“Behold, I am coming quickly, and my reward is with me, to render to every man according to what he has done” (Rev. 22:12). This implies that the reward will be given at Christ’s Second Coming. In any case, one cannot receive a reward at death because as Alva Huffer correctly says, “To receive a reward, one must have knowledge. The dead, however, are unconscious.”  Furthermore, the writer of Hebrews makes it clear that no one has received the reward yet, not even the patriarch saints of the Old Testament: “All these died in faith, without receiving the promises, but having seen them and having welcomed them from a distance, and having confessed that they were strangers and exiles on the earth” (Heb. 11:13). This promise/reward is not allotted to individuals when they die, but rather it will be conferred to all believers at the Second Coming. The Psalmist says, “The dead do not praise YAHWEH, nor do any who go down into silence” (Ps. 115:17). I imagine the excitement when the reward/promise is unveiled and awarded to the believers — it seems almost inevitable that there will be great rejoicing and praise, and celebration and shouting! The Psalmist reminds us that the dead cannot do this! The prophet Isaiah also says, “For Sheol cannot thank You, death cannot praise You; those who go down to the pit cannot hope for Your faithfulness” (Isa. 38:13). Resurrection, therefore, is the only way that those who die/sleep/go down to the pit or grave or Sheol or Hades can hope for God’s faithfulness. Again, the “heroes of faith” recorded in Hebrews would not have had to wait for their reward if this was conferred at death. We are informed of this by the writer of Hebrews: “And all these, having gained approval through their faith, did not receive what was promised, because God had provided something better for us, so that apart from us they would not be made perfect” (Heb. 11:39, 40). Believers being made perfect means having immortality awarded to them at resurrection. Christ is the “perfecter” of our faith. Why? Because he is the firstfruits among all who sleep, and the first sample of an immortalized human being. God promises the same future life to all who fear him, for “we shall be like Christ,” the apostle John says. This means we shall be resurrected to immortality like Christ is. This is what many of our church fathers call “Conditional Immortality” — awarded on condition that one meets the requirements of the Kingdom.
For those who say that believers go to heaven at death, there is strong evidence to the contrary. As quoted earlier from Revelation, Christ would not be coming back to earth with his reward for believers if they are already in heaven enjoying the reward! Again, it is written that only Christ ascended into heaven after he was raised from the dead and crowned with immortality. The apostle Peter, preaching after Christ had ascended into heaven, says, “For it was not David who ascended into heaven, but he himself says: ‘THE LORD [YAHWEH] SAID TO MY LORD, “SIT AT MY RIGHT HAND, UNTIL I MAKE YOUR ENEMIES A FOOTSTOOL FOR YOUR FEET”’” (Acts 2:34, 35).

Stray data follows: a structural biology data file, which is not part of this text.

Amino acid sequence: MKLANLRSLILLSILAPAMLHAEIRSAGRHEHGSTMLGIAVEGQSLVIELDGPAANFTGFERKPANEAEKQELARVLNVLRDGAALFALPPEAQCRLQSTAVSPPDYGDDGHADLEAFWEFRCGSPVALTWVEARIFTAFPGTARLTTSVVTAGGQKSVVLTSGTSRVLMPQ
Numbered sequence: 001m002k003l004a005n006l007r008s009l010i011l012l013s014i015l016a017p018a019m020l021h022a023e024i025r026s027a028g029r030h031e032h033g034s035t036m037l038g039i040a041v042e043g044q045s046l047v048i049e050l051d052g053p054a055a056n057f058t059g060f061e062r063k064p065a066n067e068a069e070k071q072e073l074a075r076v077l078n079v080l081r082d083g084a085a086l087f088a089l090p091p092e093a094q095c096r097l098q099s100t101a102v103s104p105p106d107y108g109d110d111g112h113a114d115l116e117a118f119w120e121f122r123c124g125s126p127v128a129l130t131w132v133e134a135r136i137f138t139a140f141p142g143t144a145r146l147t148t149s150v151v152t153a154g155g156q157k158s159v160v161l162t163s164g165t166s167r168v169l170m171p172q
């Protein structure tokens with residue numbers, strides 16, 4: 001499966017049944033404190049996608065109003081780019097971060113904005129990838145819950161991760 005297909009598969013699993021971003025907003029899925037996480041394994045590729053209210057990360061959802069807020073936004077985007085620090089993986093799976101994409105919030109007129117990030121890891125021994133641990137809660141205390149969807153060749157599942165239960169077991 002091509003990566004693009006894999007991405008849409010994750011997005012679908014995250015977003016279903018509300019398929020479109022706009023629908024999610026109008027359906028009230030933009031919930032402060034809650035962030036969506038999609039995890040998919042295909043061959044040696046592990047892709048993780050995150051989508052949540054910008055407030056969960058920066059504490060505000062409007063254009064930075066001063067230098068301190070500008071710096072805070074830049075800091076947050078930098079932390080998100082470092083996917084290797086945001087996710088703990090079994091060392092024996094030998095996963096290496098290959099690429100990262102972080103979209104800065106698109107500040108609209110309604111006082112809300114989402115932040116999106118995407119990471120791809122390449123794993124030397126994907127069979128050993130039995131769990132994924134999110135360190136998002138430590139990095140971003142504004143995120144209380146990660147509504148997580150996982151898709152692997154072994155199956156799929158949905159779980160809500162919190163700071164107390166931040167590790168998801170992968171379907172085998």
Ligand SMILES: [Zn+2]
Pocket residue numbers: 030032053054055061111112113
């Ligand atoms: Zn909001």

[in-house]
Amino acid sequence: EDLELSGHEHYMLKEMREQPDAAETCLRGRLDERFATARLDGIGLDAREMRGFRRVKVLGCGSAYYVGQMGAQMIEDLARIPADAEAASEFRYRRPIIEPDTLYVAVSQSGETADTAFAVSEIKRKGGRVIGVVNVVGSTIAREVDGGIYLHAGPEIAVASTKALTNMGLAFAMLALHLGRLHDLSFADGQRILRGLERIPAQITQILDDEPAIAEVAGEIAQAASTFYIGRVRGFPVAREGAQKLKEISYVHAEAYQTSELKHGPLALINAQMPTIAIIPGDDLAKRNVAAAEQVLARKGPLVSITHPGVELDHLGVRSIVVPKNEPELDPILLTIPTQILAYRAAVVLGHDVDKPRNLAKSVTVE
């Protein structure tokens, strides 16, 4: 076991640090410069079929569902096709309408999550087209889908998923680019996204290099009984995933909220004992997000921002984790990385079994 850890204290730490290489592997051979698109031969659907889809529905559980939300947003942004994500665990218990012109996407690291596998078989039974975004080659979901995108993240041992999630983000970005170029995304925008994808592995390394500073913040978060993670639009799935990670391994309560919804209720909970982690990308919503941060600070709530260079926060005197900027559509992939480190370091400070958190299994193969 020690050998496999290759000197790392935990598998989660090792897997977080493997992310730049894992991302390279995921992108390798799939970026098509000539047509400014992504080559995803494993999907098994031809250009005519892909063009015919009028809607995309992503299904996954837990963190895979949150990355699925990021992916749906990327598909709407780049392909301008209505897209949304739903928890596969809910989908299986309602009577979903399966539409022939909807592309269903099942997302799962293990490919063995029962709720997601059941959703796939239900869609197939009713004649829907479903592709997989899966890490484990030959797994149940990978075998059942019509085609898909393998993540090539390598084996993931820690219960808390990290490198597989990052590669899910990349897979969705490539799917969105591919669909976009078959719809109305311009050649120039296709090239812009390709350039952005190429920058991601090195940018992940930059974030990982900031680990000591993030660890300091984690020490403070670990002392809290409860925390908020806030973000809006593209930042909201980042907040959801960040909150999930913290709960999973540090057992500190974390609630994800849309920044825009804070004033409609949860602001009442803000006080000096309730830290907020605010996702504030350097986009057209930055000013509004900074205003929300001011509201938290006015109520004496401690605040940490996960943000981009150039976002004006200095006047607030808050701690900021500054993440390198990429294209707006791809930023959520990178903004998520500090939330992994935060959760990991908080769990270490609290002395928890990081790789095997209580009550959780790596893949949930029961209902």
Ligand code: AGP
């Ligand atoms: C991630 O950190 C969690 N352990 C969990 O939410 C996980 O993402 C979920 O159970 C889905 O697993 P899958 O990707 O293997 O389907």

Peter was obviously quoting from Psalm 110:1, which is also quoted by the writer of Hebrews as he explains who Christ is in relation to God, angels and man (Heb. 1:13). The author is referring to God speaking to Christ who alone is right now seated at the right hand of God, where, as the writer of Hebrews says, he is making intercession for believers before the Father (Heb. 7:25).
Death has been described as “sleep” in the Scriptures — not just in the New Testament, but in the Old Testament as well. In all the cases, the reference is clearly to death. Some express it as “rest,” while other translations use the expression “lie down.” Some of these verses are listed below:
- Deuteronomy 31:16: “YAHWEH said to Moses, ‘Behold, you are about to lie down with your fathers…’”
This was towards the end of Moses’ life, and echoes the prophet Daniel’s vision when he was told, “But as for you, go your way to the end; then you will enter into rest and rise again for your allotted portion at the end of the age” (Dan. 12:13). This is a powerful statement about the sleep/rest of the dead! It further proves, as discussed earlier, that one has to “rise again” (after death) in order to receive his reward at the “end of the age.”
- 1 Kings 2:10: “Then David slept with his fathers and was buried in the city of David.”
It is worth noting that the apostle Peter, speaking after Christ had ascended into heaven, said, “Brethren, I may confidently say to you regarding the patriarch David that he both died and was buried, and his tomb is with us to this day” (Acts 2:29). Later Paul said, “For David, after he had served the purpose of God in his own generation, fell asleep, and was laid among his fathers and underwent decay” (Acts 13:36).